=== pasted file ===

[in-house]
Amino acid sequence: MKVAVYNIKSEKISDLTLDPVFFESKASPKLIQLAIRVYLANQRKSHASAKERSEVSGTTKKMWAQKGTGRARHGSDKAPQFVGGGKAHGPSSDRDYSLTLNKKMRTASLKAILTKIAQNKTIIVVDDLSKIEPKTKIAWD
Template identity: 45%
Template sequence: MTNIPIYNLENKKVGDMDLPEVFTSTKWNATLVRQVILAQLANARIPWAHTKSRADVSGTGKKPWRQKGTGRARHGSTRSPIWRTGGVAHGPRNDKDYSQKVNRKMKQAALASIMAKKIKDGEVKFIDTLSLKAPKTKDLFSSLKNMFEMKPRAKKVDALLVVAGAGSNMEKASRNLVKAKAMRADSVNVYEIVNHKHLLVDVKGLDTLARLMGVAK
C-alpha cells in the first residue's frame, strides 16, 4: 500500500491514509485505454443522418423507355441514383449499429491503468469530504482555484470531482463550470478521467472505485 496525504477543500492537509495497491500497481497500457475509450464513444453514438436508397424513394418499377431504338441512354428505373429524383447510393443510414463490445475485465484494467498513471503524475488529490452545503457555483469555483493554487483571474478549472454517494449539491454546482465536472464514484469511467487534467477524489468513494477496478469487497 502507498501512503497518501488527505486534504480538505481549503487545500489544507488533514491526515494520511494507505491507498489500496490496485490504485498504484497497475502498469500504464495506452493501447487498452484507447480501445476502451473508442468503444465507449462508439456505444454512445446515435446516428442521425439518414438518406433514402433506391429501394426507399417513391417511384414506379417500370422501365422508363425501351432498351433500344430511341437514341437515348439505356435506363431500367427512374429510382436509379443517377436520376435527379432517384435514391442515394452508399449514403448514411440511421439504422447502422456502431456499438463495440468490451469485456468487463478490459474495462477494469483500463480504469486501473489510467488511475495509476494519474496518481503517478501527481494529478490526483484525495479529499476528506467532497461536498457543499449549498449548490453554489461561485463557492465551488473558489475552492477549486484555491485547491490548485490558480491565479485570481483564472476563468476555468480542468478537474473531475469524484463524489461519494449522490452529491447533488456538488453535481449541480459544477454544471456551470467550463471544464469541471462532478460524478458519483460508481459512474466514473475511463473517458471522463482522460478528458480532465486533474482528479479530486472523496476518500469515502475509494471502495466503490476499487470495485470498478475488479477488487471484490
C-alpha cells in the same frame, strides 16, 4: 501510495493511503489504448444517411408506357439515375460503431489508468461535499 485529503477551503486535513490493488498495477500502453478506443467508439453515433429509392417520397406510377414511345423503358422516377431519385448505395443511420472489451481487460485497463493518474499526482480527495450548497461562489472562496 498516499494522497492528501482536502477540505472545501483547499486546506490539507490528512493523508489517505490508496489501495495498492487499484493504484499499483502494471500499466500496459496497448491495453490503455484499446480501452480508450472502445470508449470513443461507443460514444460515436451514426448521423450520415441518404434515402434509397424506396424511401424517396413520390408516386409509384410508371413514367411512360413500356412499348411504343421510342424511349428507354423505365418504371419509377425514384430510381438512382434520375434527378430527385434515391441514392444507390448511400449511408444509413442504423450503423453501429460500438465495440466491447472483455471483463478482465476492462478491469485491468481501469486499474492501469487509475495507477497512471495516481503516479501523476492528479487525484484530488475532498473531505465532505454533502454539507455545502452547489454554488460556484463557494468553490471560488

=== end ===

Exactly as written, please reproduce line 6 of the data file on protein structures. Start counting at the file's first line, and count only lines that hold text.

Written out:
C-alpha cells in the same frame, strides 16, 4: 501510495493511503489504448444517411408506357439515375460503431489508468461535499 485529503477551503486535513490493488498495477500502453478506443467508439453515433429509392417520397406510377414511345423503358422516377431519385448505395443511420472489451481487460485497463493518474499526482480527495450548497461562489472562496 498516499494522497492528501482536502477540505472545501483547499486546506490539507490528512493523508489517505490508496489501495495498492487499484493504484499499483502494471500499466500496459496497448491495453490503455484499446480501452480508450472502445470508449470513443461507443460514444460515436451514426448521423450520415441518404434515402434509397424506396424511401424517396413520390408516386409509384410508371413514367411512360413500356412499348411504343421510342424511349428507354423505365418504371419509377425514384430510381438512382434520375434527378430527385434515391441514392444507390448511400449511408444509413442504423450503423453501429460500438465495440466491447472483455471483463478482465476492462478491469485491468481501469486499474492501469487509475495507477497512471495516481503516479501523476492528479487525484484530488475532498473531505465532505454533502454539507455545502452547489454554488460556484463557494468553490471560488